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Evolution

  1. 13 March 2020 - Science Matters

    Why do small dogs live longer than big dogs?

    Larger animals tend to live longer than smaller ones, but within the dog kingdom it pays to be small. A University of Melbourne expert explains what's going on.

  2. Podcast7 March 2020 - Eavesdrop on Experts

    On the hunt for ancient reefs

    As we mark International Women's Day, the university of Melbourne's Dr Ashleigh Hood describes the inspiration behind her worldwide search for ancient reefs.

  3. 3 December 2019 - Science Matters

    Iron and Ice: How life survived snowball Earth

    Early life forms survived Snowball Earth in ocean refuges that were oxygenated by melting glaciers, suggests discoveries by University of Melbourne geologists.

  4. 24 September 2019 - Science Matters

    The shared evolution of the Tasmanian tiger and the wolf

    Through a molecular quirk, the Tasmanian tiger and grey wolf have evolved to look like twins finds new University of Melbourne research.

  5. 5 June 2019 - Health & Wellbeing

    The evolution of schizophrenia

    University of Melbourne research finds that the genetic risks of schizophrenia may eventually evolve out of existence, but the environmental risk factors remain

  6. 14 May 2019 - Science Matters

    The superheroes of nutrient detection living in our oceans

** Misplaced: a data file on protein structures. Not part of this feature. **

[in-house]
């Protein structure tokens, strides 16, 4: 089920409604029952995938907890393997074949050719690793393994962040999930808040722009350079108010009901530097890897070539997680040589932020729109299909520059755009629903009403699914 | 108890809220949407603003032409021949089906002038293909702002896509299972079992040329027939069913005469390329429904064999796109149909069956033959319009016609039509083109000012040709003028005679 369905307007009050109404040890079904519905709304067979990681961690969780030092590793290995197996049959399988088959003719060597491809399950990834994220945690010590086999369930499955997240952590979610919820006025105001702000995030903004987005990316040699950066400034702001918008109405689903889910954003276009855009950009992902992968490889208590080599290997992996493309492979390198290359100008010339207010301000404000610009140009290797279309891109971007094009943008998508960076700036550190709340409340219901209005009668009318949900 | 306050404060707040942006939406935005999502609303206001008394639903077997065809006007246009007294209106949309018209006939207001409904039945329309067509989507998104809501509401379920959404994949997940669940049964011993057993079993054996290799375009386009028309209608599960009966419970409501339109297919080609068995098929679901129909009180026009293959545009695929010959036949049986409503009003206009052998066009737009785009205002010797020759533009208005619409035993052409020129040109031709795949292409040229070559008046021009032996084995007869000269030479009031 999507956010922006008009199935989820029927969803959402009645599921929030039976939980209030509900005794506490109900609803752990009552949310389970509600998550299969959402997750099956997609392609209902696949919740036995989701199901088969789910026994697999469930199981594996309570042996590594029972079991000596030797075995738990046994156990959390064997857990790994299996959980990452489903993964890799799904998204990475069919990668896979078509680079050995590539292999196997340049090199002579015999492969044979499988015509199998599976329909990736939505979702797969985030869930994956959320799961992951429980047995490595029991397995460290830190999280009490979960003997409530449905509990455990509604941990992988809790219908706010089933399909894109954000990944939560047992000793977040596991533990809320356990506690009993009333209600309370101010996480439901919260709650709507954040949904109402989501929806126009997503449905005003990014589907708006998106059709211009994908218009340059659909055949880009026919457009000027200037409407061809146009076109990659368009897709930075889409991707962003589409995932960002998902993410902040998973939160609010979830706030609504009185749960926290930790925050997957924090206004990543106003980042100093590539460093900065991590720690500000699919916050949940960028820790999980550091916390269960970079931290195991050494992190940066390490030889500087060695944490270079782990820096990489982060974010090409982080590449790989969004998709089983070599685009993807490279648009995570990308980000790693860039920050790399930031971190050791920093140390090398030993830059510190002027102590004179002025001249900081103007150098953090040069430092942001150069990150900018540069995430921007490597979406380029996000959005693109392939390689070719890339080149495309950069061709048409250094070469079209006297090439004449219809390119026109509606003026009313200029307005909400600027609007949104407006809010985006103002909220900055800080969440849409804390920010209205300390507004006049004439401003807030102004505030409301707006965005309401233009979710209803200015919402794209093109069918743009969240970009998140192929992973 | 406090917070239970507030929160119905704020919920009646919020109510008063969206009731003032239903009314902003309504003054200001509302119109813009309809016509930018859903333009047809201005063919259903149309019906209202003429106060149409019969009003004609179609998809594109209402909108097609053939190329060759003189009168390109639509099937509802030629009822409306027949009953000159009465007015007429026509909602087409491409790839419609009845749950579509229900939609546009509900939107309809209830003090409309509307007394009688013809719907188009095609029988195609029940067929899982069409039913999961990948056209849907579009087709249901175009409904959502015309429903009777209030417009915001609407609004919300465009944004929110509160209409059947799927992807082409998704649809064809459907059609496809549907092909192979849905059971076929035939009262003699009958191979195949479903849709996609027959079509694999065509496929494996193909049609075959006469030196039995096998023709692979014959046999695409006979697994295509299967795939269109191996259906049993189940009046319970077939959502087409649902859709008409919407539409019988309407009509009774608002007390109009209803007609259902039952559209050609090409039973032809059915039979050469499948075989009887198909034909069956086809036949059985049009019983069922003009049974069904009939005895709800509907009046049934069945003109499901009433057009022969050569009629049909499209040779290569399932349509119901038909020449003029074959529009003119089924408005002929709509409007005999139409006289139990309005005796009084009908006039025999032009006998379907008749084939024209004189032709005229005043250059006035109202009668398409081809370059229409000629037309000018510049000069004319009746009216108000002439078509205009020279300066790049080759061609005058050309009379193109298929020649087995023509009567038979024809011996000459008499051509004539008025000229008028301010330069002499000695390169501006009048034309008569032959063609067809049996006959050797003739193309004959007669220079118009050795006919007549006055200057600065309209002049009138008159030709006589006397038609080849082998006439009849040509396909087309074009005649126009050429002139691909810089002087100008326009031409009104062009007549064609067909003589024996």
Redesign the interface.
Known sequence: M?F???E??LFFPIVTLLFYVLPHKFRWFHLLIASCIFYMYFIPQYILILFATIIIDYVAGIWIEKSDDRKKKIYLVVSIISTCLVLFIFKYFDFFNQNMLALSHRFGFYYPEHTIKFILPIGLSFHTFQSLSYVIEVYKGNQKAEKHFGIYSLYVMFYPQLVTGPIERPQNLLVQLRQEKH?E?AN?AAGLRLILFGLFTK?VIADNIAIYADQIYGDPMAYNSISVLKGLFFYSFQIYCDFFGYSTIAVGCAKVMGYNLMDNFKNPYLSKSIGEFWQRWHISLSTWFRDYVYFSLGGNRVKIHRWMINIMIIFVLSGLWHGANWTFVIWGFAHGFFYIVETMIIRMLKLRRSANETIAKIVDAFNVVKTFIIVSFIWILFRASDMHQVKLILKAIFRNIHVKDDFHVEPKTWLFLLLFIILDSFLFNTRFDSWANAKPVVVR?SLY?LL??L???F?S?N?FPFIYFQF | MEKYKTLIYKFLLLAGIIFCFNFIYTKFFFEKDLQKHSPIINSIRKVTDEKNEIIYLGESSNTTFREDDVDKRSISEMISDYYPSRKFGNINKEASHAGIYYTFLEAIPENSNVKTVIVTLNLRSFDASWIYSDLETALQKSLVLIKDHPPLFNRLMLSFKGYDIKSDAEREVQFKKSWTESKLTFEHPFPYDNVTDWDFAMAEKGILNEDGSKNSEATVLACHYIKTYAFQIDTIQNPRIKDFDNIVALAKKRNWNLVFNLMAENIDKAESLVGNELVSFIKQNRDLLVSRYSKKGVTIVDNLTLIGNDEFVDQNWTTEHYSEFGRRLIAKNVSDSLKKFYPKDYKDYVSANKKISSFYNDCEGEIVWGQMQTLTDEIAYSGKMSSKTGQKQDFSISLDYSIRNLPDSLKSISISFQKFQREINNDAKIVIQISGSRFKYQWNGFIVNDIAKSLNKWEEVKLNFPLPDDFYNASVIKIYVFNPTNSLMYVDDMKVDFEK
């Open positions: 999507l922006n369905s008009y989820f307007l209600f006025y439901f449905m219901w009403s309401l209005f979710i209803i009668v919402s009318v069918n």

With no Uber Eats for bacteria, a University of Melbourne-led study reveals how ocean microorganisms are supremely evolved to detect and swim toward nutrients.

  7. 28 May 2018 - Science Matters

    Speeding natural selection in the name of conservation

    University of Melbourne scientists are using breeding to genetically adapt quolls to resist toxic cane toads – if it works it may help other endangered species

  8. 17 May 2018 - Health & Wellbeing

    The legacy of a great scientific hoax

    The University of Melbourne's anatomy museum features model fossils from the famous Piltdown Man hoax, which skewed the study of human evolution for decades.

  9. 14 March 2018 - Science Matters

    It’s not just antenna size, but scales that matter for lonely male moths

    University of Melbourne research finds some male moths have evolved intricate scale arrangements on their antennae to enhance detection of female sex pheromones

  10. 9 November 2017 - Science Matters

    Genes don’t always dictate that ‘boys will be boys’

    New University of Melbourne evolutionary biology research finds that genes don't always dictate that 'boys will be boys' in the animal world, just like humans.